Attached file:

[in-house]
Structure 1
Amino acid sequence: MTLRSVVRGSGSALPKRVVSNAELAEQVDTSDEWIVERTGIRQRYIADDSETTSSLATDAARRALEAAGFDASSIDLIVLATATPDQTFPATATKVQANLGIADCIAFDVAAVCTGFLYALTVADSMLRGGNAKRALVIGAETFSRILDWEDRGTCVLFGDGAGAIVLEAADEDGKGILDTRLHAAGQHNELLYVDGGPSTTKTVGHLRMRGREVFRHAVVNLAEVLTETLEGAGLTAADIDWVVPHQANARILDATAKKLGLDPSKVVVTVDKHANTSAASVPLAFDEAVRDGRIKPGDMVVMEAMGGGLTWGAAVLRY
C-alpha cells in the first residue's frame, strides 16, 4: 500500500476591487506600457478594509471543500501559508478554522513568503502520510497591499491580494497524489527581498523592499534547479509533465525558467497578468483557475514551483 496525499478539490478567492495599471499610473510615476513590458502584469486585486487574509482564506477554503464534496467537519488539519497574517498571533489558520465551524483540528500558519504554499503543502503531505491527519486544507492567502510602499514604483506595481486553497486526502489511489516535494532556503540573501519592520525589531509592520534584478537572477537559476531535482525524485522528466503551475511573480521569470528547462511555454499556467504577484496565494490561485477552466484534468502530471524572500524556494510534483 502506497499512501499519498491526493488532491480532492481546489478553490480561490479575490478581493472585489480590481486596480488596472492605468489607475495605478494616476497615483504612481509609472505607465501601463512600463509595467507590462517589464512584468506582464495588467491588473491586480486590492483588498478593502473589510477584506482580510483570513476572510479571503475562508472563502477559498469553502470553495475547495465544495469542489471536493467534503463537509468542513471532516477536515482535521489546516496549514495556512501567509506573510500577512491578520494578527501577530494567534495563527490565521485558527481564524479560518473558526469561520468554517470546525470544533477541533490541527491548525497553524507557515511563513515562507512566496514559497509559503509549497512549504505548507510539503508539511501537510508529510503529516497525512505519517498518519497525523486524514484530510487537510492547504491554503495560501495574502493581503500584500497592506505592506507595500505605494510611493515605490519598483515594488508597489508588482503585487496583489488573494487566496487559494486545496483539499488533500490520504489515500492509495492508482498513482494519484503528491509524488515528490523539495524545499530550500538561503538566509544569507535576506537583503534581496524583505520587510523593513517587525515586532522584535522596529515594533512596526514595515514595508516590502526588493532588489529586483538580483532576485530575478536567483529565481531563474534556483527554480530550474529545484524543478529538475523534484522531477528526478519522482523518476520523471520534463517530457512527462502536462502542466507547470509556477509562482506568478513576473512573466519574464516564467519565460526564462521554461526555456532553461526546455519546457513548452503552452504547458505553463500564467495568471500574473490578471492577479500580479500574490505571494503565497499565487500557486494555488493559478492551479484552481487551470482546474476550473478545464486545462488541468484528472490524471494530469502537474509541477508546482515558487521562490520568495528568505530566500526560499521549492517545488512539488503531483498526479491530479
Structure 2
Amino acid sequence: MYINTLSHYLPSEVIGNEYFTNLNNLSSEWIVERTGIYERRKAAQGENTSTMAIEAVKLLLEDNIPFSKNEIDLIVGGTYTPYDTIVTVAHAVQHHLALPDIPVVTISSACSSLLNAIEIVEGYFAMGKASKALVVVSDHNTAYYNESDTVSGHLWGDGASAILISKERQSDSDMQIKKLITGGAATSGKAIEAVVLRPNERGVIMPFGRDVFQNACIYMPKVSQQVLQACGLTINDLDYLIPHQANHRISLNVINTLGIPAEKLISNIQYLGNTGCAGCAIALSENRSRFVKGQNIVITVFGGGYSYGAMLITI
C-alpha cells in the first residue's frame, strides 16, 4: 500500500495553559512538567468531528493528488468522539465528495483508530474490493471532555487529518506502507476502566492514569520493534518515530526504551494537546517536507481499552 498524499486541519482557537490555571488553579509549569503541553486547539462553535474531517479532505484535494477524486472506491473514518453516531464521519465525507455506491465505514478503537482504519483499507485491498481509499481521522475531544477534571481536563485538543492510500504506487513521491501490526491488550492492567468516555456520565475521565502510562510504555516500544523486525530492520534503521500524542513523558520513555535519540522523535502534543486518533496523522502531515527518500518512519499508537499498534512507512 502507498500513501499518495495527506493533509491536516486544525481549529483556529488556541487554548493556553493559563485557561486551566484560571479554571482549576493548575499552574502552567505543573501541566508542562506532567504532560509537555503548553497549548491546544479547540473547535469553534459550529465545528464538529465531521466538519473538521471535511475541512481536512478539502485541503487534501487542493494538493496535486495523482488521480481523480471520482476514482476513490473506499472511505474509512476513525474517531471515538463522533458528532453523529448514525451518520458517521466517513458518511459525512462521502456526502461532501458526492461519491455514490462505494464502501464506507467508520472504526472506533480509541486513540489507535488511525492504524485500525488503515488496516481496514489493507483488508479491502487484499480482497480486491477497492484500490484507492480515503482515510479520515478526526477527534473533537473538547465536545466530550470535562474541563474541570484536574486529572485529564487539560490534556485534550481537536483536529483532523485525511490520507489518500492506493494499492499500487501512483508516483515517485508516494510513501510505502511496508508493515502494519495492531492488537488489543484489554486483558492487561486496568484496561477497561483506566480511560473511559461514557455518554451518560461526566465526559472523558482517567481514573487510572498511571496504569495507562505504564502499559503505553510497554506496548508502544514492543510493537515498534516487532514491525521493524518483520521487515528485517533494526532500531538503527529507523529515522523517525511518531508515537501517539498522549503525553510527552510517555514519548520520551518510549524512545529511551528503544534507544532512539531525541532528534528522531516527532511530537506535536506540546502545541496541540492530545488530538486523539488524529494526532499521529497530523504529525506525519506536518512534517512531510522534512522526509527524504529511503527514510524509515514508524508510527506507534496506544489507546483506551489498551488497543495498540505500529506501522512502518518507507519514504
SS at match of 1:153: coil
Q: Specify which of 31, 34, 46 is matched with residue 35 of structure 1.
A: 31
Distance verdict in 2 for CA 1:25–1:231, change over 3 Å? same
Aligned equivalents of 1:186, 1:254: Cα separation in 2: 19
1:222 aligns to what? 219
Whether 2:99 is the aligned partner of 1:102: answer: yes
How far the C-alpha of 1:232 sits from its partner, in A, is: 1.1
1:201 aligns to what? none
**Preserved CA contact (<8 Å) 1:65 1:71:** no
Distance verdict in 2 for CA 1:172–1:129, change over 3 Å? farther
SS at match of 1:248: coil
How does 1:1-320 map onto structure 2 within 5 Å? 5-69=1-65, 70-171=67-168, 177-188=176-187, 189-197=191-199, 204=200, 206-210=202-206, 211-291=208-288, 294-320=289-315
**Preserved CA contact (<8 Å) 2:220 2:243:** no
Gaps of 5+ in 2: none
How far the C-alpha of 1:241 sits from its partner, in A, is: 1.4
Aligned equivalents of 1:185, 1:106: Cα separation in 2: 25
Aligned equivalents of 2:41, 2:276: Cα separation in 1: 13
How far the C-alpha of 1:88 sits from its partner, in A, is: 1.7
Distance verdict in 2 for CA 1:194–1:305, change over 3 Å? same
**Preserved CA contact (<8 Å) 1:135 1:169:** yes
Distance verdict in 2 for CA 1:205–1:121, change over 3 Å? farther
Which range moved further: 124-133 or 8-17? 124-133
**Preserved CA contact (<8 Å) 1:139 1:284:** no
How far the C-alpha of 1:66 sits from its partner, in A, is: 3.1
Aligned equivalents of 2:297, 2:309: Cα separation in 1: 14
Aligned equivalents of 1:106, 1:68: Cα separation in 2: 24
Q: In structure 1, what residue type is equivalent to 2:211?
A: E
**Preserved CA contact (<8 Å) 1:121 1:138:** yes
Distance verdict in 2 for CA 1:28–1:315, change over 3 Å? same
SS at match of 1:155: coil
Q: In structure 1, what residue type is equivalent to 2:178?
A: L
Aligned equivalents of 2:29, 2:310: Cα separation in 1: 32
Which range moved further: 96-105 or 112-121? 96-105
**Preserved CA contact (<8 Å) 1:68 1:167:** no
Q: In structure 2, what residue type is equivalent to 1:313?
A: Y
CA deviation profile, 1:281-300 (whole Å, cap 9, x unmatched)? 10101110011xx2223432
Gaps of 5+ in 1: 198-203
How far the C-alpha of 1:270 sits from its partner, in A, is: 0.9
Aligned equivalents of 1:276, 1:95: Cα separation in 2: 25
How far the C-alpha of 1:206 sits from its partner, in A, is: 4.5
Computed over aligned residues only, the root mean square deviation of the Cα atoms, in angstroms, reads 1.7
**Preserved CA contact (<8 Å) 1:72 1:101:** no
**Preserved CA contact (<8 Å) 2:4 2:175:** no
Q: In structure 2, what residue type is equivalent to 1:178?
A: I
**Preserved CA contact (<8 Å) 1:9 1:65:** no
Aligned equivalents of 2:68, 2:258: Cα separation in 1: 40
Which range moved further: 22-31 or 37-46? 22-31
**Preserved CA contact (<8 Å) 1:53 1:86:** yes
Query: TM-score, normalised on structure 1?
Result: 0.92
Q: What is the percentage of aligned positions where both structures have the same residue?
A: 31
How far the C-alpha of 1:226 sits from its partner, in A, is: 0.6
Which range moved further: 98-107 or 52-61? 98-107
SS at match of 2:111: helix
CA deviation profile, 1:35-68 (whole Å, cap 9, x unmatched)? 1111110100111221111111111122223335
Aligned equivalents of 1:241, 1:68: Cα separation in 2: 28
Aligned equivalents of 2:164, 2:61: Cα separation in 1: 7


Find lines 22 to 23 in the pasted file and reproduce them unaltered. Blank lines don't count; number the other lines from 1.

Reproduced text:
Gaps of 5+ in 2: none
How far the C-alpha of 1:241 sits from its partner, in A, is: 1.4